Voting with their feet – 2010 Census shows failure of Democrat Party Policies
What the 2010 Census Is Telling Us
The results of the U.S. 2010 census have been published and it shows the growth rate for the past decade was 9.7 percent, the lowest since the Great Depression. The declining U.S. growth rate since 2000 is due partly to the economic meltdown in 2008, which brought U.S. births and illegal immigration to a near standstill compared with previous years.
The 2010 census also shows the population continues to shift from Democratic-leaning Rust Belt states to Republican-leaning Sun Belt states.
Texas will gain four new House seats, and Florida will gain two. Gaining one each are Arizona, Georgia, Nevada, South Carolina, Utah and Washington.
Ohio and New York will lose two House seats each. Losing one House seat are Illinois, Iowa, Louisiana, Massachusetts, Michigan, Missouri, New Jersey and Pennsylvania.
For the first time in its history, Democratic-leaning California will not gain a House seat after a census.
The 2010 census results are used to distribute more than $400 billion in annual federal aid and will change each state’s Electoral College votes beginning in the 2012 presidential election. The population shift will affect 18 states when the 113th Congress takes office in 2013.
States carried by Barack Obama VS states carried by John McCain
In 2008, President Barack Obama lost in Texas and most of the other states that are gaining House seats. He carried most of the states that are losing House seats, including Ohio and New York. In all, those that voted for Barack Obama will get half a dozen less. States that voted for John McCain in 2008 will get 6 more electoral votes in 2012 .
Looking back to the previous election, the states carried by George W. Bush in 2004 gained six seats and the states carried by John Kerry lost six.
Big Gains For Texas and More Lessons About Taxes
Texas’ population grew 21 percent in the past decade, from nearly 21 million to more than 25 million. That was more rapid growth than in any states except for four much smaller ones (Nevada, Arizona, Utah and Idaho).
Texas’ diversified economy, business-friendly regulations and low taxes have attracted not only immigrants but substantial inflow from the other 49 states. As a result, the 2010 reapportionment gives Texas four additional House seats. In contrast, California gets no new House seats, for the first time since it was admitted to the Union in 1850.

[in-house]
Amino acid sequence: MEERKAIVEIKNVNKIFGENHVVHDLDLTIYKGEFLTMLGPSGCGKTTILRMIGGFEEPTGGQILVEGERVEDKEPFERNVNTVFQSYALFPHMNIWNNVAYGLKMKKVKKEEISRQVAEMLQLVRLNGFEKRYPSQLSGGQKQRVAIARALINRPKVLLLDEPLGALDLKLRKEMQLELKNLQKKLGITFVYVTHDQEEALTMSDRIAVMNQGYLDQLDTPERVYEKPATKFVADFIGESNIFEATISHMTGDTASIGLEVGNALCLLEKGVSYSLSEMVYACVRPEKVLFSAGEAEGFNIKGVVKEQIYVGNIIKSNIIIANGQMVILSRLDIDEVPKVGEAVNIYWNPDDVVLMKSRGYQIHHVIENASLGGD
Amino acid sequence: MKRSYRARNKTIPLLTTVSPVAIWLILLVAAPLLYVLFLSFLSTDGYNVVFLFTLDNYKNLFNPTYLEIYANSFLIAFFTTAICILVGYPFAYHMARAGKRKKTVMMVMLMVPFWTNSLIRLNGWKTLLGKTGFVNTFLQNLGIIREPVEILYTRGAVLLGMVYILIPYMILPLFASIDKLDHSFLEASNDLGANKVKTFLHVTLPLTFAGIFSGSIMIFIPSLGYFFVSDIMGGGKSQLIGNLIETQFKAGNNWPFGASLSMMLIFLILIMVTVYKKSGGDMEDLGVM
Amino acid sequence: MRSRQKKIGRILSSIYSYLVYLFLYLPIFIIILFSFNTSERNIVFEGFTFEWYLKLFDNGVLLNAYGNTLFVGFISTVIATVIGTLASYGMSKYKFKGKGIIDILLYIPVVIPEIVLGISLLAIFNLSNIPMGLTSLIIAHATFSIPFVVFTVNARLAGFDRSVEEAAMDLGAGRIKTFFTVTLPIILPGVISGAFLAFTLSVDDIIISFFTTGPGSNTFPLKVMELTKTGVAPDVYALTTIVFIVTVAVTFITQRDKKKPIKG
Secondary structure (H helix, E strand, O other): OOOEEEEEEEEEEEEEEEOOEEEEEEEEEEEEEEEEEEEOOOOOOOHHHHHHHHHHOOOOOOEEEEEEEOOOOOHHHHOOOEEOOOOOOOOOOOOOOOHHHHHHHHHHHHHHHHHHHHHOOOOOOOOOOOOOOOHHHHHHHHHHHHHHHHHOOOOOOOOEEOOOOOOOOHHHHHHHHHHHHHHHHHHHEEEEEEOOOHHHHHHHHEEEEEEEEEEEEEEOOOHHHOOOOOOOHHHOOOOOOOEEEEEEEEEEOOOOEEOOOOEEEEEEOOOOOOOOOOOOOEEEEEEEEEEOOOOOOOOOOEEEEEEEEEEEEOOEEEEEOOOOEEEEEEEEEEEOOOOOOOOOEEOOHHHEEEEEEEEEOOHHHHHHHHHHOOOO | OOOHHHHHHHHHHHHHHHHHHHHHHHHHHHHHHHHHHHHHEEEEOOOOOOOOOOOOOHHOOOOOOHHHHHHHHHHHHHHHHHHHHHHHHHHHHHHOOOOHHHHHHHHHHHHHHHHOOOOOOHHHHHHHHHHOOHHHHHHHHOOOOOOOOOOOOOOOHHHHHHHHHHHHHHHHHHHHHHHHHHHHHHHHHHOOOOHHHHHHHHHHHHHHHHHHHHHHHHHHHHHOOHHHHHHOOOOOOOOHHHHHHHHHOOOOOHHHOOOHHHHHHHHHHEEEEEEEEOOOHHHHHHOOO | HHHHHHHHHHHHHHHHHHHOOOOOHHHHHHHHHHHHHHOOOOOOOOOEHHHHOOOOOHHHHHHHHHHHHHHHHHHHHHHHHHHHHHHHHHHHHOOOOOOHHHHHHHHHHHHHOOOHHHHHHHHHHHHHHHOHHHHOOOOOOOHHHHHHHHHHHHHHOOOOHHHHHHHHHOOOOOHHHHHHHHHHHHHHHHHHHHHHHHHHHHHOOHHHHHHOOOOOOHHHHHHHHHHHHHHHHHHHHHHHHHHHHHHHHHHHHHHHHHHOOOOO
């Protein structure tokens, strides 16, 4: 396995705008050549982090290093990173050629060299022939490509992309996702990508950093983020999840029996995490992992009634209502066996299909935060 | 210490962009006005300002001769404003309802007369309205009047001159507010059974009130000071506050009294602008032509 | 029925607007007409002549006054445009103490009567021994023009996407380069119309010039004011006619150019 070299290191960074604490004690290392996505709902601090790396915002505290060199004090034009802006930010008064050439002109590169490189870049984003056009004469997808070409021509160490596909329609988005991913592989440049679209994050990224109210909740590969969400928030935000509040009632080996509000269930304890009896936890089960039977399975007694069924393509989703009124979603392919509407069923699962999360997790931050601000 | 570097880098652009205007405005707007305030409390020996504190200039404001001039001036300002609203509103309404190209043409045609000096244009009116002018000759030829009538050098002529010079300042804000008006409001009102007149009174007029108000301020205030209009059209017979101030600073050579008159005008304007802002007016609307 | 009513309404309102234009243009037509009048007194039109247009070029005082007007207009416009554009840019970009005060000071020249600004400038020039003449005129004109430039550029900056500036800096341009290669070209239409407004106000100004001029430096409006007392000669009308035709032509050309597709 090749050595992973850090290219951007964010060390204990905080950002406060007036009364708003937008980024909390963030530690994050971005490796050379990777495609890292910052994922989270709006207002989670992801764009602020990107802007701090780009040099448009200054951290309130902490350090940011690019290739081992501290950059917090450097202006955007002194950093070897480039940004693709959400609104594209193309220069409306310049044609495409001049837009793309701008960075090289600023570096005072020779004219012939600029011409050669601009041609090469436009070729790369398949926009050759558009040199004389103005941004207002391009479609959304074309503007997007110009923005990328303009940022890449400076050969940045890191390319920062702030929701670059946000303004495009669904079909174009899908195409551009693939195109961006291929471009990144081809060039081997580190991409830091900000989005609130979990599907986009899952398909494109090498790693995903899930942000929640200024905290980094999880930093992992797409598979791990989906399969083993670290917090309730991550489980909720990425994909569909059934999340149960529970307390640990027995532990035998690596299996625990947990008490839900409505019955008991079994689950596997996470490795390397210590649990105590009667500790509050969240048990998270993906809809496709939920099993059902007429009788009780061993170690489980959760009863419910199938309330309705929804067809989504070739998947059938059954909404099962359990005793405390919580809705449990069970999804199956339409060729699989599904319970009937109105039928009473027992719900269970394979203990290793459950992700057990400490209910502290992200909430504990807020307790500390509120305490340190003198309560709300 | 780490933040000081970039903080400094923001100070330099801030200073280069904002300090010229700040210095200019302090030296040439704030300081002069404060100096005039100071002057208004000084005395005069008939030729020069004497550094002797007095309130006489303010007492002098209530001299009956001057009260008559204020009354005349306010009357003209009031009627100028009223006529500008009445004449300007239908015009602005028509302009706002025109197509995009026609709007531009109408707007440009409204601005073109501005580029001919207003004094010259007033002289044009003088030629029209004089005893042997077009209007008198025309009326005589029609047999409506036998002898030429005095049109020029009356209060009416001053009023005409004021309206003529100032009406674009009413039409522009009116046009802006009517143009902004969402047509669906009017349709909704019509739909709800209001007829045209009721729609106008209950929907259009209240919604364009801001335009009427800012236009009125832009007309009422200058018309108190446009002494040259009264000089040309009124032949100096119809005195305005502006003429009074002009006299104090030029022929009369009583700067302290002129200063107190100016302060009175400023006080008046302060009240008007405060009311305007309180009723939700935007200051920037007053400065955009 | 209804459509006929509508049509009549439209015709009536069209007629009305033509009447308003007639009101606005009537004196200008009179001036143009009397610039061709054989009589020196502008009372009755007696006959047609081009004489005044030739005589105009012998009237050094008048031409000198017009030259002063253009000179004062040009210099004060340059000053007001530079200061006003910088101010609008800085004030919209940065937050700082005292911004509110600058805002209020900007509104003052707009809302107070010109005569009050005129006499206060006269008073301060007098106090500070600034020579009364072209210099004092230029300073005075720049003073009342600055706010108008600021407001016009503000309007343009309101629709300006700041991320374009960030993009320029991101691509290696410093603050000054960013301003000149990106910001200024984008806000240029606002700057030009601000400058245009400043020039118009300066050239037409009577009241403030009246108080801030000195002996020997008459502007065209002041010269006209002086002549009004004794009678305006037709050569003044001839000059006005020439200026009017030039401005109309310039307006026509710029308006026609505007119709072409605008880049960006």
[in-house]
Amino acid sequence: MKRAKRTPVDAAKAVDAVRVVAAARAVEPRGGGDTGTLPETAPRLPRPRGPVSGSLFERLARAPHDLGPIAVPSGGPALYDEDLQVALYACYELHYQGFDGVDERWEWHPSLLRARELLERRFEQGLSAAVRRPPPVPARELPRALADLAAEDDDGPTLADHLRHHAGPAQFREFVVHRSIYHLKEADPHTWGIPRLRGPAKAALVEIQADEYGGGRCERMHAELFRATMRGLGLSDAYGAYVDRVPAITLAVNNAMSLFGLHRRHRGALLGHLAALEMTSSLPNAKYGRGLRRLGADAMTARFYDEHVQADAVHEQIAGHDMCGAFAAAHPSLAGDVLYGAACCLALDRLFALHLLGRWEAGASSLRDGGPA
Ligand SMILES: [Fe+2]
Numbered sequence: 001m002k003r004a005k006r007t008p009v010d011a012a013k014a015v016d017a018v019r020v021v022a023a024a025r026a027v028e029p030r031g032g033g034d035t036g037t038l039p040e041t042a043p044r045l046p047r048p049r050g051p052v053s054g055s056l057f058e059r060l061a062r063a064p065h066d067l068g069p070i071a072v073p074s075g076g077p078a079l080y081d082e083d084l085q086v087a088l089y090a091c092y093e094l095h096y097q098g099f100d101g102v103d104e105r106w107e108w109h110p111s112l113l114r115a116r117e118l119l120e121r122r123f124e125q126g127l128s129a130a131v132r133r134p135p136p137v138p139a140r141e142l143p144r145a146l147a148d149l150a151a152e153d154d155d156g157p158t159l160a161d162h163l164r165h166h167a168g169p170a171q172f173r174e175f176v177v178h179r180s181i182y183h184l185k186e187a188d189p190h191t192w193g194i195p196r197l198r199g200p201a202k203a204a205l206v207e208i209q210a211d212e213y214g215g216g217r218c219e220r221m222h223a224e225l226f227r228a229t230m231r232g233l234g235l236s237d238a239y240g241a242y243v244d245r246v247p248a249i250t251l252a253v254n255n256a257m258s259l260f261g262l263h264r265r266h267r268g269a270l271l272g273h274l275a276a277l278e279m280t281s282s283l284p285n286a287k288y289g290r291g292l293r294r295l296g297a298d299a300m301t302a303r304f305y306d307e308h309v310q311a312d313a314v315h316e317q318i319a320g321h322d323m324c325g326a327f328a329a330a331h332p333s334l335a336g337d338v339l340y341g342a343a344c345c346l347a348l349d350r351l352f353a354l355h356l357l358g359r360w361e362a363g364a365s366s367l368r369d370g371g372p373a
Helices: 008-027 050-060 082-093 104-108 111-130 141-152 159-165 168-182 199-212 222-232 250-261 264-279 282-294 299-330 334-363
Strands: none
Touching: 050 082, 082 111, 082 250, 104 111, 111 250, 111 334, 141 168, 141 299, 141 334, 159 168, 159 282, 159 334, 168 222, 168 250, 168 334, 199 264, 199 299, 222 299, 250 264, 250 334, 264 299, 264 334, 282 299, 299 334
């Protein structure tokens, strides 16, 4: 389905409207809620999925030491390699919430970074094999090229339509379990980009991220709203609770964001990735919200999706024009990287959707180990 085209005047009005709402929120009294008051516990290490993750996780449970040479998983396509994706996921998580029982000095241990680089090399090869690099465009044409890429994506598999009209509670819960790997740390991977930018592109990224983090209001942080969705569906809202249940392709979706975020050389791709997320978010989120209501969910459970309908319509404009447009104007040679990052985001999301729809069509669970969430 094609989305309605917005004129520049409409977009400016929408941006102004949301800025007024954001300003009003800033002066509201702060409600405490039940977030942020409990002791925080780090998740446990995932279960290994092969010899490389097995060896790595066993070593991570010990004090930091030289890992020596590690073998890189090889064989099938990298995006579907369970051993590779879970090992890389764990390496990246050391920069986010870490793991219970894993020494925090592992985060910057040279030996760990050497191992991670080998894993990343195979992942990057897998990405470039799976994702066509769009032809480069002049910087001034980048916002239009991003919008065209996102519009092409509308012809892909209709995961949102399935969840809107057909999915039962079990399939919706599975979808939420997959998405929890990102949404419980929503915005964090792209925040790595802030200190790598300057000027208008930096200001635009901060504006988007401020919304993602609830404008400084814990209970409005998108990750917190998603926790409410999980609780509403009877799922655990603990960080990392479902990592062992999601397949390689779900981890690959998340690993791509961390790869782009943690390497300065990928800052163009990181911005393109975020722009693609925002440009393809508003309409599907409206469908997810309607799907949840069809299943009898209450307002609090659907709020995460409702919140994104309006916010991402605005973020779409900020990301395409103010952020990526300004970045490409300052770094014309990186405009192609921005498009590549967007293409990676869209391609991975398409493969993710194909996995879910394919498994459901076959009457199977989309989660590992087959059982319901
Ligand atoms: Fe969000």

There’s a similar lesson in the fact that Florida gains two seats in the reapportionment and New York loses two.
Growth tends to be stronger where taxes are lower. Seven of the nine states that do not levy an income tax grew faster than the national average. The other two, South Dakota and New Hampshire, had the fastest growth in their regions, the Midwest and New England.
Altogether, 35 percent of the nation’s total population growth occurred in these nine non-taxing states, which accounted for just 19 percent of total population at the beginning of the decade.
The Biggest Loser, Detroit Michigan – the showcase for leftist policies
The 2010 census shows Michigan was the only state to lose population during the past decade having lost .06% of its population since 2000. This report helps to explain why.
The loss means that in 2012 there will be one less lawmaker fighting for the state. It also means less money for statewide federal programs like cash assistance, education, childcare, and health care. It is without doubt that a liberal will tell you it is a time when they need the handouts the most.
Nevada gains but may lose
The state with the largest population growth was Nevada with just over 35%. Senate Majority Leader Harry Reid, who helped author and then ram-rod the Health Care bill through congress, hails from Nevada. It will be interesting to see what the 2020 census will show for this state.
States with net gain in congressional seats:
* Texas, plus 4 (from 32 to 36)
* Florida, plus 2 (from 25 to 27)
* Arizona, plus 1 (from 8 to 9)
* Georgia, plus 1 (from 13 to 14)
* Nevada, plus 1 (from 3 to 4)
* South Carolina, plus 1 (from 6 to 7)
* Utah, plus 1 (from 3 to 4)
* Washington, plus 1 (from 9 to 10)
States with net loss in congressional seats:
* New York, minus 2 (from 29 to 27)
* Ohio, minus 2 (from 18 to 16)
* Illinois, minus 1 (from 19 to 18)
* Iowa, minus 1 (from 5 to 4)
* Louisiana, minus 1 (from 7 to 6)
* Massachusetts, minus 1 (from 10 to 9)
* Michigan, minus 1 (from 15 to 14)
* Missouri, minus 1 (from 9 to 8 )
* New Jersey, minus 1 (from 13 to 12)
* Pennsylvania, minus 1 (from 19 to 18)